Fifteen years after the sexual allegations that tainted R. Kelly's career surfaced, the Village Voice sat down with Chicago Sun-TImes reporter Jim DeRogatis, who reportedly broke the news, in an unfiltered interview about Kells' alleged relationships with underage girls.
While visiting V-103 to promote his recent release Black Panties, Kells dodged the question by thanking his supporters. “I want my fans and everybody to know out there that I appreciate everybody’s support from the very beginning of my career,” he told Big Tigger.
Though the Chicago native was confronted about the "stomach-churning" accusations directly, he did not want to dwell in the past. "I feel like I got the football, man. I’m running towards the touchdown," he continued. "Stopping and looking back…mess around and get tackled,” he said.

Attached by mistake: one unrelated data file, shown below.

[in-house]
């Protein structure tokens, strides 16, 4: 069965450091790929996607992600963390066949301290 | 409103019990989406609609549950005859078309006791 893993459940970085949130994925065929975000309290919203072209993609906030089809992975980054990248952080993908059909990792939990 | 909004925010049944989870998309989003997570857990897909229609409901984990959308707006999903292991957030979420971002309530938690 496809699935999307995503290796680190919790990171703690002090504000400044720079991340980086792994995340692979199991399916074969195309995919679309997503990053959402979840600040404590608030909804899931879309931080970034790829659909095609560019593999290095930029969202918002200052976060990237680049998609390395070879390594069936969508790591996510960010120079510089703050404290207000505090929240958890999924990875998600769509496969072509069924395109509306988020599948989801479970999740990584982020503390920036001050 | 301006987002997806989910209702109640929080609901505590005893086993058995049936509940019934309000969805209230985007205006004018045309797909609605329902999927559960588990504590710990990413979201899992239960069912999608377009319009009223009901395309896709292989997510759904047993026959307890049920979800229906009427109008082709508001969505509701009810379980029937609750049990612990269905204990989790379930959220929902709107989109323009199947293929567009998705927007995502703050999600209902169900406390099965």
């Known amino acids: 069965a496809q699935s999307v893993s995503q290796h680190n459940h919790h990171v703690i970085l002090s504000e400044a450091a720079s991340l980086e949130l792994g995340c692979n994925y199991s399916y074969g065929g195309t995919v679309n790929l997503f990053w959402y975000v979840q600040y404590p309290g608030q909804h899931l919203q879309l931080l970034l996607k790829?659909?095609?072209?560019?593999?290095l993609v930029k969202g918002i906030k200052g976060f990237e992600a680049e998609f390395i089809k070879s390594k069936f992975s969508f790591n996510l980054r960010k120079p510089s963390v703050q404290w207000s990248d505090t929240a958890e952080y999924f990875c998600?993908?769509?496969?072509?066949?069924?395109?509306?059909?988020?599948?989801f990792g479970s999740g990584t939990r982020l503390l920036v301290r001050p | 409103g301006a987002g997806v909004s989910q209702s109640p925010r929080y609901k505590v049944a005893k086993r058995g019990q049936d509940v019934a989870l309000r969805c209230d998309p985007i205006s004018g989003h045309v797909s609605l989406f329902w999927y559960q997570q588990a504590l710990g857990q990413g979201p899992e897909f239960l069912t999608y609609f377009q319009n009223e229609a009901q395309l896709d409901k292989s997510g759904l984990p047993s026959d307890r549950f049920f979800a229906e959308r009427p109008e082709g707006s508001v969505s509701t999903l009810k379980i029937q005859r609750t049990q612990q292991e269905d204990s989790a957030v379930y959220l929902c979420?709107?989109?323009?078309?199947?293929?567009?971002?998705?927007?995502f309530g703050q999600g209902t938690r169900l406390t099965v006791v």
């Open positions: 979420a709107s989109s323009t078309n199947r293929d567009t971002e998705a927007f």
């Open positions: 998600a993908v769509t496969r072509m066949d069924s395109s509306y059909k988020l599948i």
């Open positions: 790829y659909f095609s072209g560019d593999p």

In the Village Voice article, DeRogatis recalled the extent of his research and discussed how several victims were deeply affected by the ordeal.
"[The lawsuits] were stomach churning. The one young woman, who had been 14 or 15 when R. Kelly began a relationship with her, detailed in great length, in her affidavits, a sexual relationship that began at Kenwood Academy...," DeRogatis said. "She detailed the sexual relationship that she was scarred by. It lasted about one and a half to two years, and then he dumped her and she slit her wrists, tried to kill herself."
Though Kells was acquitted of the child porn charges, he also told Big Tigger that his response to the naysayers is in the final track of his Black Panties.
"As long as I got fans screaming my name, buying my records and supporting R. Kelly, everybody who doesn’t agree should listen to the last song on Black Panties," he said. "That song's title, in case you don't own the new album (and we really, really hope you aren't giving money to this guy) is called simply 'Shut Up.'"
Watch the full interview below.